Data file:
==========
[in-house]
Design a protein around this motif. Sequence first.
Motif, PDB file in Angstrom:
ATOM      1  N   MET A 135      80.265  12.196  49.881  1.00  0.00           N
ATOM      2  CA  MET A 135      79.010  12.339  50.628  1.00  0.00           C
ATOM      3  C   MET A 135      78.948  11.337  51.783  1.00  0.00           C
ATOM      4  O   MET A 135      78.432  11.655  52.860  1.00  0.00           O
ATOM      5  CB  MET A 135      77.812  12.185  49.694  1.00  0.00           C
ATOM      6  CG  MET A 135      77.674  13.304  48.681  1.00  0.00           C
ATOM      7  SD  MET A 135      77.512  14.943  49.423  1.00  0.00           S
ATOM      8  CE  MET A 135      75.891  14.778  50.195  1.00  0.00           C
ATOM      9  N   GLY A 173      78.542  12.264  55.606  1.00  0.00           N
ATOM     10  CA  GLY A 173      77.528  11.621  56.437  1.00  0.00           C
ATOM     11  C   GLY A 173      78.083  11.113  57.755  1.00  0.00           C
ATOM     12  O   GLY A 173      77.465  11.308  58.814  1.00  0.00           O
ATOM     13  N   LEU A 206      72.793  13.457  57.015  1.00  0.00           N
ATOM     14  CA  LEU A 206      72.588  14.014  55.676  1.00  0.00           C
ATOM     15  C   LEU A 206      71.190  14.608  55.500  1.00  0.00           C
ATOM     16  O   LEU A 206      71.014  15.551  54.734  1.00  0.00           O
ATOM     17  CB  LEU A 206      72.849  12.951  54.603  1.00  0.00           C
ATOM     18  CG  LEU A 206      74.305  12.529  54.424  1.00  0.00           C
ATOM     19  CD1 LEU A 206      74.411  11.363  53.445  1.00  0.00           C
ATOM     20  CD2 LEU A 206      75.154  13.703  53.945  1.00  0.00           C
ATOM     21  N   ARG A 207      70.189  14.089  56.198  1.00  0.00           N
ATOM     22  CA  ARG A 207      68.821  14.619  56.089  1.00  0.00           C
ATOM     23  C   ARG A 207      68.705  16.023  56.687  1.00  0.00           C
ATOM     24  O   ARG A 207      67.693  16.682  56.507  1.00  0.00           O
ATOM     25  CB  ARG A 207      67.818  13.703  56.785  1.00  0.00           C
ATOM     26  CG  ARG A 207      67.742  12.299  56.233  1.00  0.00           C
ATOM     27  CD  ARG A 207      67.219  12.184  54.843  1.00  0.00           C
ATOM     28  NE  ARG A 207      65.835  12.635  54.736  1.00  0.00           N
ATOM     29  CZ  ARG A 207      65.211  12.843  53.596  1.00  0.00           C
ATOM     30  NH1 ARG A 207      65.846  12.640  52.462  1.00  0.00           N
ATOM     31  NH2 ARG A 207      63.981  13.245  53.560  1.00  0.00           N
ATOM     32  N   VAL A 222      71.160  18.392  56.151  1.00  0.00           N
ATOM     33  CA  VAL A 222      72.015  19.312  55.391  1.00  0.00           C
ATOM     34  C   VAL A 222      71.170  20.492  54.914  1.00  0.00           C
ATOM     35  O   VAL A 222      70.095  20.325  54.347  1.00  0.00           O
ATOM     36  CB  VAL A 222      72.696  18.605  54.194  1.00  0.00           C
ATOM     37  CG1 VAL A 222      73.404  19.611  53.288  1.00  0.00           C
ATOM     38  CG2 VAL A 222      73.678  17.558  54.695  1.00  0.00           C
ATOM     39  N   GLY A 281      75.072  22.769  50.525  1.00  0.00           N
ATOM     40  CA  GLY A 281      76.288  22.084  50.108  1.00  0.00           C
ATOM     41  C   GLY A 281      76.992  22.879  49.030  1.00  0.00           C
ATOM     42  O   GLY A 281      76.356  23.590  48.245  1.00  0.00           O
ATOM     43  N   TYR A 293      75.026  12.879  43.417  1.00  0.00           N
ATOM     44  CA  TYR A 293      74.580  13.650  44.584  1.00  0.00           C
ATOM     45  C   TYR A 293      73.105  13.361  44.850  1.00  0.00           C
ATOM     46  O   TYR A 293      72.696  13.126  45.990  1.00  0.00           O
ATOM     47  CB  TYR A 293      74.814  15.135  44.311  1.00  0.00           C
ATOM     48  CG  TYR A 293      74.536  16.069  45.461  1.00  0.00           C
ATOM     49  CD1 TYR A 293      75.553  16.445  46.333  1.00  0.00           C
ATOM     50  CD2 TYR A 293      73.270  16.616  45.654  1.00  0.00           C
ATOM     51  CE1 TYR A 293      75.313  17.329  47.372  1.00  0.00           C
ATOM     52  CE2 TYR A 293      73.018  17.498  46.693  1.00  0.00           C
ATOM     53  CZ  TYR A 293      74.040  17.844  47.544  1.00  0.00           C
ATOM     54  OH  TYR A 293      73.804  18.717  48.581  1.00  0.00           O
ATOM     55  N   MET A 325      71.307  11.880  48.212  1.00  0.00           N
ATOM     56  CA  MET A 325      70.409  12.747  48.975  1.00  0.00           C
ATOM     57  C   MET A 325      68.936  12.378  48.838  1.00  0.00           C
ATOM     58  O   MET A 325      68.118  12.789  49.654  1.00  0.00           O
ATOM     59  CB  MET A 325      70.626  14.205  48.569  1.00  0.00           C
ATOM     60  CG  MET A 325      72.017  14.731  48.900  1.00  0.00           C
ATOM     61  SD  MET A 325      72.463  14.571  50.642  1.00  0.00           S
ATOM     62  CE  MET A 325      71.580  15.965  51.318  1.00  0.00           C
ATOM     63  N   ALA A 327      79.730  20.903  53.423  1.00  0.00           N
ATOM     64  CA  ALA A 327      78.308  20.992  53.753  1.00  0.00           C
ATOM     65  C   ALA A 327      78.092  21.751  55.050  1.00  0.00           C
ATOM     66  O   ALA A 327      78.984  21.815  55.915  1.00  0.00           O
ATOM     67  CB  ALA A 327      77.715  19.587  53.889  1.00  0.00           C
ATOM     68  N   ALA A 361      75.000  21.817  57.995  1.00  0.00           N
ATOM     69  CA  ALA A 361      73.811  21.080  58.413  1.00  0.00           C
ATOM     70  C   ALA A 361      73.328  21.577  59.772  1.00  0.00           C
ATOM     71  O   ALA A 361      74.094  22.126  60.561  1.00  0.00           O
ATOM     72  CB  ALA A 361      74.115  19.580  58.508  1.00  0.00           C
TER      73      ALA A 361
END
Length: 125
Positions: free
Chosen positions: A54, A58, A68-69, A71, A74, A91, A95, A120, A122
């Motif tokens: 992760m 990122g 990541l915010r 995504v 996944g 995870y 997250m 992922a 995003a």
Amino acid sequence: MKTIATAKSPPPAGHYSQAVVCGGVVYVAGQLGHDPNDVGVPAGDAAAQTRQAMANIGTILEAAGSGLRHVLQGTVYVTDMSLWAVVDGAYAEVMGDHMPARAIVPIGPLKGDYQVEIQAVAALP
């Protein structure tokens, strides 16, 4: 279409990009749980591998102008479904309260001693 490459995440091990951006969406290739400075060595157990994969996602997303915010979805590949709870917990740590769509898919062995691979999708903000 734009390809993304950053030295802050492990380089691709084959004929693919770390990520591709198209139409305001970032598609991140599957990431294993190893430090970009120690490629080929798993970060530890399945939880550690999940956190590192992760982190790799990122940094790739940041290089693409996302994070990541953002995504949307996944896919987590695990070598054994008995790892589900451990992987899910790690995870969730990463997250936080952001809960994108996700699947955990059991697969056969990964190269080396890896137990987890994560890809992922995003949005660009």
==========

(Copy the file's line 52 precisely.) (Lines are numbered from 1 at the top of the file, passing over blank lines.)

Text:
ATOM     49  CD1 TYR A 293      75.553  16.445  46.333  1.00  0.00           C